Even as recent progress in Iraq raises hopes of a reduction of US troops there, the other, often overlooked front in the war on terror is pointing in the opposite direction.
So far, President Bush has been cautious in his appraisals of how the death of Abu Musab al-Zarqawi and the long-delayed naming of three key Iraqi government ministers will affect "the situation on the ground" in Iraq. But politicians in both the United States and Iraq have pressed the issue, putting forth new troop-withdrawal timelines of their own.
At the same time, however, Afghanistan is offering a note of caution about the challenge of removing America's military might from a country still finding its feet. There, as US forces pull back from the volatile south in anticipation of the arrival of NATO troops, insurgents are taking advantage of the vacuum in the most violent year since the fall of the Taliban in late 2001.
Any transition from an occupying force to a new authority will invite some measure of violence as enemies test its will, experts say. But Afghanistan's experience offers lessons on when and how American forces should leave Iraq.
"Handoffs have got to be made [only when the new force] has the capacity of taking the handoff," says William Nash, a military analyst for the Council on Foreign Relations.
Iraq's politicians suggest that they are ready. The country's national security adviser recently suggested that coalition forces should drop to fewer than 100,000 by year's end and should be gone within two years.
In Congress, Sen. John Kerry (D) of Massachusetts submitted an amendment to the defense authorization bill this week to withdraw most US troops from Iraq by the end of this year. It has almost no chance of passing, but it signals renewed pressure to move toward an endgame.
Yet in recent months, Afghanistan has offered a more sober perspective. Long held up as America's success in the war on terror, Afghanistan is showing signs of added stress. Violence has increased every year since the US invasion of 2001, but this year the Taliban has been able to temporarily seize and occupy territory for the first time since their ouster.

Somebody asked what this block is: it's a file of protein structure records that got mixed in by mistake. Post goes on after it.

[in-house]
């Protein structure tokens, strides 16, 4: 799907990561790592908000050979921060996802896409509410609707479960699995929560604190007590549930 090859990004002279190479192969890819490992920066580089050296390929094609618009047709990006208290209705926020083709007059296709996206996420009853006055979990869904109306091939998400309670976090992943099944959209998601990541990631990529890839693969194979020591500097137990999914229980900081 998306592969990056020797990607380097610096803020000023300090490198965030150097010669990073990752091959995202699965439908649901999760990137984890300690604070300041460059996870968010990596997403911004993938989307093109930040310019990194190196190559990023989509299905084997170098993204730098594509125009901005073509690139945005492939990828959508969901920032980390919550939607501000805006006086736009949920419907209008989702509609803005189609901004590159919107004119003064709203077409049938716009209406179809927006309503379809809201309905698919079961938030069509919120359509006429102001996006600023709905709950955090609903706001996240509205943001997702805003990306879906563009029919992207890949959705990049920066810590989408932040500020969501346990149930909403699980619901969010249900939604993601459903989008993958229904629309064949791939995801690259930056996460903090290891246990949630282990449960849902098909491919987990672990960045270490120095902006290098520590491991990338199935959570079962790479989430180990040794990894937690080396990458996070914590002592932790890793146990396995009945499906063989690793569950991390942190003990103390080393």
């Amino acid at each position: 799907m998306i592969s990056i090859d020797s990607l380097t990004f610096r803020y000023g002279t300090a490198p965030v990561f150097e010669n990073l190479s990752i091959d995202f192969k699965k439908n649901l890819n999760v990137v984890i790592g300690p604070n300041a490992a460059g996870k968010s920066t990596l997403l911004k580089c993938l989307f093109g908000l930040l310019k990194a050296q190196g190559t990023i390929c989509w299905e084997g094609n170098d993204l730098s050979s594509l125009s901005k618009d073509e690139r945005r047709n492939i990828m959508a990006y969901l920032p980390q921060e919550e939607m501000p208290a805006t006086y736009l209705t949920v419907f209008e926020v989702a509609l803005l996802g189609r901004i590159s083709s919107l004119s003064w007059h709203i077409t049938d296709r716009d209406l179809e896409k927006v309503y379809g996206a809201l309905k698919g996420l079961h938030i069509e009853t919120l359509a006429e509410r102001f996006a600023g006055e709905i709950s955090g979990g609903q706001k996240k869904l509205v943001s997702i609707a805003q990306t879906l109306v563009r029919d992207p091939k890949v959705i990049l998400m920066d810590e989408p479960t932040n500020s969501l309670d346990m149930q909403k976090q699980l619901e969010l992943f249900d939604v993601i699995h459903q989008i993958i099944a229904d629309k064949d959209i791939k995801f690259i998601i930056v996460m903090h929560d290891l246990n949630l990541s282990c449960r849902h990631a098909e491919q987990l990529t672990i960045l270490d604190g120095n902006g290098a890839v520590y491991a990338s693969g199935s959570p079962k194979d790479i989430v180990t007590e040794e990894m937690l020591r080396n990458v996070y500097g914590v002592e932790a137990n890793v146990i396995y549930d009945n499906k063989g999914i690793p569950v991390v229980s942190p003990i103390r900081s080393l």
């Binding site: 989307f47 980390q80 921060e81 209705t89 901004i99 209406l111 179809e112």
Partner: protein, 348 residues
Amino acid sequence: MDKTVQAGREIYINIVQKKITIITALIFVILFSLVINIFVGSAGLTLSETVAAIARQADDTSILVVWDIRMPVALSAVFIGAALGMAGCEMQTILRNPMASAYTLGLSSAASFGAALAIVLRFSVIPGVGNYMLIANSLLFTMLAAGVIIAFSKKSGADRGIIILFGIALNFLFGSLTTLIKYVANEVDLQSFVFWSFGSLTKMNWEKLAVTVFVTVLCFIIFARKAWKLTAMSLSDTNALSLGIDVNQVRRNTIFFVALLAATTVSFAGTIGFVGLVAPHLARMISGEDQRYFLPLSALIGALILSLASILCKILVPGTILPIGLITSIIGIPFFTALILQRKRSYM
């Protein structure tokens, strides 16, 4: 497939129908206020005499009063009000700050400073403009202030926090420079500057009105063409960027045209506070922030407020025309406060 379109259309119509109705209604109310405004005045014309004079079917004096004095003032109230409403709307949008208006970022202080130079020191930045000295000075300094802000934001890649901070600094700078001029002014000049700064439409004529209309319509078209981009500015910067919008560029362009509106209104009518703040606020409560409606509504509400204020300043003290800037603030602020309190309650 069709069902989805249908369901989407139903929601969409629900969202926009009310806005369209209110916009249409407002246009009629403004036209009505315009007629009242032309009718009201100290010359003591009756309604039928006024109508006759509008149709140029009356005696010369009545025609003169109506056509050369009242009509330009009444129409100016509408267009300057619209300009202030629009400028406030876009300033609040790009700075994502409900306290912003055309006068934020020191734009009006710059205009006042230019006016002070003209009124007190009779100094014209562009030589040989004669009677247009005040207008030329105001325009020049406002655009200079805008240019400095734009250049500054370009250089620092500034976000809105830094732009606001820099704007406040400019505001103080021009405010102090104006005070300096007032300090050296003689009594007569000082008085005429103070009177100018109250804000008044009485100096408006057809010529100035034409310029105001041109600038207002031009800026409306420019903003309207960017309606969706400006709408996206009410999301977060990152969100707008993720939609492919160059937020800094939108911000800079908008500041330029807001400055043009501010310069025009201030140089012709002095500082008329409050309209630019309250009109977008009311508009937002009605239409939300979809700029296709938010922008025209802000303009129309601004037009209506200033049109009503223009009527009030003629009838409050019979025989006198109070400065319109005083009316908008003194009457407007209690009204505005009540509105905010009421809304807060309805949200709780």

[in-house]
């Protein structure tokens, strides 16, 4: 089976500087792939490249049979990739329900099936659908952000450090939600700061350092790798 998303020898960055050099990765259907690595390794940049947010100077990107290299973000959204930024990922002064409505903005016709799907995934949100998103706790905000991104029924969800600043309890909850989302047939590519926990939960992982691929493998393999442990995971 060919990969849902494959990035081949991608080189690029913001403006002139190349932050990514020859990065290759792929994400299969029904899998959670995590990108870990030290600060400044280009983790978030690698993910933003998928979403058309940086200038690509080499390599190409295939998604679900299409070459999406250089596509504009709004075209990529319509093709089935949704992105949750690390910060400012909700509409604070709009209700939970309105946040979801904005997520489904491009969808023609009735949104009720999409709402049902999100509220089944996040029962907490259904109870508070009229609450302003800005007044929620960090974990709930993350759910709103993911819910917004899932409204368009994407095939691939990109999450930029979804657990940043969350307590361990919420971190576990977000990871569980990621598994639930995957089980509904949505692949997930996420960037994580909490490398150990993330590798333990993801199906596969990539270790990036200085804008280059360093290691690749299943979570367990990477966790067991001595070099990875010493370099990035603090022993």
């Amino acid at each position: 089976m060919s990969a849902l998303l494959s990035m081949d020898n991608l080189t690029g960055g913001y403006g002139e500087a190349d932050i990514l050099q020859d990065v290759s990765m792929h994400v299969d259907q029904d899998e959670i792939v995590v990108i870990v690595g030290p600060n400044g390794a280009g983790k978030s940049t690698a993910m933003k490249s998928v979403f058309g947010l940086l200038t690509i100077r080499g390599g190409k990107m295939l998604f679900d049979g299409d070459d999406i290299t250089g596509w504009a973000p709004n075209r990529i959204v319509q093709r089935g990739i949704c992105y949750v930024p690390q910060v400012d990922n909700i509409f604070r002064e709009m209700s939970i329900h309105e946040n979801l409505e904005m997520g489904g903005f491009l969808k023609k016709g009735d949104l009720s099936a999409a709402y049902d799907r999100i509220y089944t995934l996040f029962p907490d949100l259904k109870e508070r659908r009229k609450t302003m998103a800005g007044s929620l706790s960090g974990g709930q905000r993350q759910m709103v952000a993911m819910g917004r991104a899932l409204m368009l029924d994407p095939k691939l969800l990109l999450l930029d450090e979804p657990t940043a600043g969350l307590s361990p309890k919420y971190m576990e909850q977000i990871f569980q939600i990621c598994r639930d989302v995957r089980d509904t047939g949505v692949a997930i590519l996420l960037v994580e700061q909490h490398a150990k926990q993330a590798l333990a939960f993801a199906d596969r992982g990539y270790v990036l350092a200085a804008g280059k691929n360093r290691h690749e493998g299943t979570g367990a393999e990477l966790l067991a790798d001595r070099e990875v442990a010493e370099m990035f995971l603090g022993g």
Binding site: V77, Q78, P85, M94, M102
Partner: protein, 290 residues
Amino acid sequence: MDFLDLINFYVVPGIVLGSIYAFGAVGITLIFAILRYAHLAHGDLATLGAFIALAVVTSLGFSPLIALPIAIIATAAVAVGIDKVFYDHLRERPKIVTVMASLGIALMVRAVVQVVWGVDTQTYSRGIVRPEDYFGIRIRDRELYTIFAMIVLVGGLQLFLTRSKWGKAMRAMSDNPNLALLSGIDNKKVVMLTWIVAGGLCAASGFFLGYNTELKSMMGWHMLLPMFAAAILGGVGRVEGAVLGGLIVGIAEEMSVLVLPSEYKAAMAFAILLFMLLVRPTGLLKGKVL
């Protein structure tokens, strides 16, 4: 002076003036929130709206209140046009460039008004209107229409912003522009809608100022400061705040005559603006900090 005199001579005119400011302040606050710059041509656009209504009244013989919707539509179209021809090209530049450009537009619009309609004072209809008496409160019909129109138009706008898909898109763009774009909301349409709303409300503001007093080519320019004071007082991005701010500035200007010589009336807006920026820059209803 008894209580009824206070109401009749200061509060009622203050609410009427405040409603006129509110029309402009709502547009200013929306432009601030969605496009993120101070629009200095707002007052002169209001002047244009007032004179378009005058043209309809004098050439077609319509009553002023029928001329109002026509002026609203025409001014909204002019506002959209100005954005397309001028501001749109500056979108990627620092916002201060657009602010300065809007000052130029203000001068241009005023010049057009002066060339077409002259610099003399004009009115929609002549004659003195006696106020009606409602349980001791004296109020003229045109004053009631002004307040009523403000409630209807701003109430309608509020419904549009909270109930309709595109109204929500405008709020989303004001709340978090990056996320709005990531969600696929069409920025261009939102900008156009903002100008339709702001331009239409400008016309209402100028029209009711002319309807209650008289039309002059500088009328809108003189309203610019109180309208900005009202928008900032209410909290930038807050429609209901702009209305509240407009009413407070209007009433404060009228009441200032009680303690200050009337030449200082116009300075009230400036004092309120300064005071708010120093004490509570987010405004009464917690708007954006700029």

Insurgents are, at least in part, exploiting the transition between US and NATO authority in the south. For their part, US and NATO commanders say they will be able to reverse the trend when NATO reaches full strength in the fall.
Others, however, say the resurgent violence points to a need for the US to provide more help for NATO. Even when NATO operations in southern Afghanistan are fully up and running, the alliance's strengths tend toward nationbuilding functions like training, experts say. To succeed, NATO will continue to need US forces for high-intensity tasks like counterinsurgency.
"My concern about Afghanistan is that we are taking a 'we versus they' attitude toward NATO," says Mr. Nash. The message, he adds, is that Afghanistan is "their problem."
American forces have sought to dispel that notion. Wednesday marked the start of the largest US-led offensive since the 2001 invasion. More than 11,000 American, British, Canadian, and Afghan troops aim to roust insurgents from their strongholds in the south.
It is likely that similar cooperation will be needed far into the future in Iraq, as well. "[Iraqi forces] are not going to have artillery and helicopters" either, says Nash.
Perhaps the greater concern laid bare in Afghanistan is the danger of leaving a government unable to exert its authority. Mr. Bush pointed to this after he met Tuesday with Iraq's prime minister in Baghdad.
Iraqi leaders "were deeply concerned that the stability provided by coalition forces will be removed, and there'll be a vacuum," Mr. Bush told reporters. Wednesday, in a Rose Garden news conference, he pledged to keep enough US forces in Iraq "for the government [there] to succeed" and declined to offer a timetable for drawing down troop levels.
In Afghanistan, insurgents have entered that vacuum. "If you have a weak government, you're going to have support for the insurgency," says Seth Jones, a terrorism expert at the Rand Corp. "Why should these people support the government against insurgents so long as that government is viewed as incompetent?"
Even the US commander in Afghanistan agreed that the violence there stems from lack of government authority in southern Afghanistan. "It's not necessarily the strong enemy, it's the very weak institutions of the state," said Army Lt. Gen. Karl Eikenberry in a May briefing.
The same trend is at work in Iraq now, where militias have filled the spaces vacated by a weak government. Part of the solution lies in improving the performance of the police. "As the insurgency ramped up in Afghanistan, the police have largely been a failure," says Dr. Jones.
But the deeper issue is taking on the militias themselves – destroying, co-opting, or disbanding them. "At some point, we're going to have to deal with them," says Jones, "or else you are going to end up with a weak government."